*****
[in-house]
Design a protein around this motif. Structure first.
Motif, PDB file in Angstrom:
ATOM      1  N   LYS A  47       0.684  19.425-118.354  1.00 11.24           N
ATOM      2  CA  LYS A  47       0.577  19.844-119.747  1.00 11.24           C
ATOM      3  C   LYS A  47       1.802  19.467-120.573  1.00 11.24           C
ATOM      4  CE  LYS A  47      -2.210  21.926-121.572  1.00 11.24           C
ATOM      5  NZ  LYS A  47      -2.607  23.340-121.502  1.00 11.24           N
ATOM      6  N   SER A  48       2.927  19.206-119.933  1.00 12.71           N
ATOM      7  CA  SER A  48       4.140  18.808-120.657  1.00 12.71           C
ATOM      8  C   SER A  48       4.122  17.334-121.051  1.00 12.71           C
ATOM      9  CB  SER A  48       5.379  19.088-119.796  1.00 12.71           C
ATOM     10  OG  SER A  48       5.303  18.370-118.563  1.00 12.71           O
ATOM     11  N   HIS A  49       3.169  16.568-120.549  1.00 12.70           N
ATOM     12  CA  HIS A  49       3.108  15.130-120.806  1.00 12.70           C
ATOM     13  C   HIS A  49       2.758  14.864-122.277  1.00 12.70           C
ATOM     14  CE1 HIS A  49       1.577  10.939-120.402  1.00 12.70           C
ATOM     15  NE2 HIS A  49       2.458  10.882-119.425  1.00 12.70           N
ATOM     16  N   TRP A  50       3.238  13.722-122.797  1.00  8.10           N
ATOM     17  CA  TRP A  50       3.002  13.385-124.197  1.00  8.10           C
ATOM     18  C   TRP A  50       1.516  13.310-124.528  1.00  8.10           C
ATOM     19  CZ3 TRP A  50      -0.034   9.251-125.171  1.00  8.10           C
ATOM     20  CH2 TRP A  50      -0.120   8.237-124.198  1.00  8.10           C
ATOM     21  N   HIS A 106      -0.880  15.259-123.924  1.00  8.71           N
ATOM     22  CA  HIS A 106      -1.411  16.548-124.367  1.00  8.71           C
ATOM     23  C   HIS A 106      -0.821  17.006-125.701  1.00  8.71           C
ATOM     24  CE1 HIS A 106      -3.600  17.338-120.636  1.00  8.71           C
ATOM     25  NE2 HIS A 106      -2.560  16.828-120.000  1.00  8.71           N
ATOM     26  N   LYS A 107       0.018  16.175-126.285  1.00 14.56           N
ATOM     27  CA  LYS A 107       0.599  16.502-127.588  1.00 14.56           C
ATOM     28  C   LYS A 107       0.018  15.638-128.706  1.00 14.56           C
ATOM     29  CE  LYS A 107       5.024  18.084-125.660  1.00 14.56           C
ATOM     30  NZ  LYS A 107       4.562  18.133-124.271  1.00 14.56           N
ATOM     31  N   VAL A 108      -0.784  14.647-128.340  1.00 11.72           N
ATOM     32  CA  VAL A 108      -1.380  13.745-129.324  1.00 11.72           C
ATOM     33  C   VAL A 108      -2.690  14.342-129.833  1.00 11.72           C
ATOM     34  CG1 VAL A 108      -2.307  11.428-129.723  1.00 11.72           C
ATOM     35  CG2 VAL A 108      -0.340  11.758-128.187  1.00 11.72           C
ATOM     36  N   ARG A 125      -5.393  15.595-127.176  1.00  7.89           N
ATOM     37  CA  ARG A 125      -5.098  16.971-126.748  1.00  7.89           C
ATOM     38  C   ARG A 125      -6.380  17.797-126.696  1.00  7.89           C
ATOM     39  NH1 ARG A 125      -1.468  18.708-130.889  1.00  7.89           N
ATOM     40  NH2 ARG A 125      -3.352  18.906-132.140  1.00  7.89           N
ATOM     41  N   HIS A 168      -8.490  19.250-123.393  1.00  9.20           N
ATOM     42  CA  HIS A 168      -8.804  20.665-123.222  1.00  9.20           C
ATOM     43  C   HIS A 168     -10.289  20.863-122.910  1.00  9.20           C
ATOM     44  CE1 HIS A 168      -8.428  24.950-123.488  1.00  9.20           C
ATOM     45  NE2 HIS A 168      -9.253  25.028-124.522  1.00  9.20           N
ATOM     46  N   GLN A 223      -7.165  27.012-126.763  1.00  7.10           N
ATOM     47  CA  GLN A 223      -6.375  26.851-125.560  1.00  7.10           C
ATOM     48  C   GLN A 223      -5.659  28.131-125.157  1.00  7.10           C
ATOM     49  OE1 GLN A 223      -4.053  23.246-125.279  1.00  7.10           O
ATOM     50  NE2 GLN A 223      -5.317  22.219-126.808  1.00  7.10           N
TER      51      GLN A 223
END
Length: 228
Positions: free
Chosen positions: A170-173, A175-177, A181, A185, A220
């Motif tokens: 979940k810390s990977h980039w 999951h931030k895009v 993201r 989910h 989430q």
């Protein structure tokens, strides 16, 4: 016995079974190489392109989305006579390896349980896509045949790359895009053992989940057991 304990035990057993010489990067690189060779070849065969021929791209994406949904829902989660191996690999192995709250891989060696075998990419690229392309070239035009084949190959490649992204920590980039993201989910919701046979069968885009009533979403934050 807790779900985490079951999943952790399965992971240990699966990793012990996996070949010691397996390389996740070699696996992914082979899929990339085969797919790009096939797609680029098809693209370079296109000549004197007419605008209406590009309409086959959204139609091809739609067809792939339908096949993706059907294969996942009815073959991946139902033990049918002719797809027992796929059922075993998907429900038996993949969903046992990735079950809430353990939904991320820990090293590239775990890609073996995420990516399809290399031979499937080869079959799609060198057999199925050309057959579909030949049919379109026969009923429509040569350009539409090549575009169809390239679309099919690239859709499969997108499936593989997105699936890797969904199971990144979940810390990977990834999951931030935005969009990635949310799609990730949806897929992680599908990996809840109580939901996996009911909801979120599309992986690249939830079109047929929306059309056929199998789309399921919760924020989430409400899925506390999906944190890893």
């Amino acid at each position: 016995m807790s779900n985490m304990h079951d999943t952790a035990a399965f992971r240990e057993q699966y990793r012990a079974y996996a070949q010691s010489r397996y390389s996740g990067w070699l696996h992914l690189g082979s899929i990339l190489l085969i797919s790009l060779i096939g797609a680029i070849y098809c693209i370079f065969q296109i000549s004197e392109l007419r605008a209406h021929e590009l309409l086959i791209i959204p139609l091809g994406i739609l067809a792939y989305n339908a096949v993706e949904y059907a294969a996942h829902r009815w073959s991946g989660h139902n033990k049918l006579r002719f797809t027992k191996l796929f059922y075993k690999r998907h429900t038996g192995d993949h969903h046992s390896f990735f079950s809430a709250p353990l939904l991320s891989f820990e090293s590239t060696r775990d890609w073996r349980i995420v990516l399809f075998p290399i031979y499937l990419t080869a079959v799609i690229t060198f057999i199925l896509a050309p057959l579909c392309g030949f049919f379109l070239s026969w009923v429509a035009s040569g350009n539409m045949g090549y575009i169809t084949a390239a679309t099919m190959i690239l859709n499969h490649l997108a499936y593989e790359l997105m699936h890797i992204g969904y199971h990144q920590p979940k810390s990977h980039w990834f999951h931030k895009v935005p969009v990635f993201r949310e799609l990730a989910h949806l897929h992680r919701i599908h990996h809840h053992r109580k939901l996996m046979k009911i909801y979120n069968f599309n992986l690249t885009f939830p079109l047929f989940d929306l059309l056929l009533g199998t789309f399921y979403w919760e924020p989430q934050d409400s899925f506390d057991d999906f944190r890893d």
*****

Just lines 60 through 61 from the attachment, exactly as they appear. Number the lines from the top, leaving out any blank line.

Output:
């Protein structure tokens, strides 16, 4: 016995079974190489392109989305006579390896349980896509045949790359895009053992989940057991 304990035990057993010489990067690189060779070849065969021929791209994406949904829902989660191996690999192995709250891989060696075998990419690229392309070239035009084949190959490649992204920590980039993201989910919701046979069968885009009533979403934050 807790779900985490079951999943952790399965992971240990699966990793012990996996070949010691397996390389996740070699696996992914082979899929990339085969797919790009096939797609680029098809693209370079296109000549004197007419605008209406590009309409086959959204139609091809739609067809792939339908096949993706059907294969996942009815073959991946139902033990049918002719797809027992796929059922075993998907429900038996993949969903046992990735079950809430353990939904991320820990090293590239775990890609073996995420990516399809290399031979499937080869079959799609060198057999199925050309057959579909030949049919379109026969009923429509040569350009539409090549575009169809390239679309099919690239859709499969997108499936593989997105699936890797969904199971990144979940810390990977990834999951931030935005969009990635949310799609990730949806897929992680599908990996809840109580939901996996009911909801979120599309992986690249939830079109047929929306059309056929199998789309399921919760924020989430409400899925506390999906944190890893």
């Amino acid at each position: 016995m807790s779900n985490m304990h079951d999943t952790a035990a399965f992971r240990e057993q699966y990793r012990a079974y996996a070949q010691s010489r397996y390389s996740g990067w070699l696996h992914l690189g082979s899929i990339l190489l085969i797919s790009l060779i096939g797609a680029i070849y098809c693209i370079f065969q296109i000549s004197e392109l007419r605008a209406h021929e590009l309409l086959i791209i959204p139609l091809g994406i739609l067809a792939y989305n339908a096949v993706e949904y059907a294969a996942h829902r009815w073959s991946g989660h139902n033990k049918l006579r002719f797809t027992k191996l796929f059922y075993k690999r998907h429900t038996g192995d993949h969903h046992s390896f990735f079950s809430a709250p353990l939904l991320s891989f820990e090293s590239t060696r775990d890609w073996r349980i995420v990516l399809f075998p290399i031979y499937l990419t080869a079959v799609i690229t060198f057999i199925l896509a050309p057959l579909c392309g030949f049919f379109l070239s026969w009923v429509a035009s040569g350009n539409m045949g090549y575009i169809t084949a390239a679309t099919m190959i690239l859709n499969h490649l997108a499936y593989e790359l997105m699936h890797i992204g969904y199971h990144q920590p979940k810390s990977h980039w990834f999951h931030k895009v935005p969009v990635f993201r949310e799609l990730a989910h949806l897929h992680r919701i599908h990996h809840h053992r109580k939901l996996m046979k009911i909801y979120n069968f599309n992986l690249t885009f939830p079109l047929f989940d929306l059309l056929l009533g199998t789309f399921y979403w919760e924020p989430q934050d409400s899925f506390d057991d999906f944190r890893d």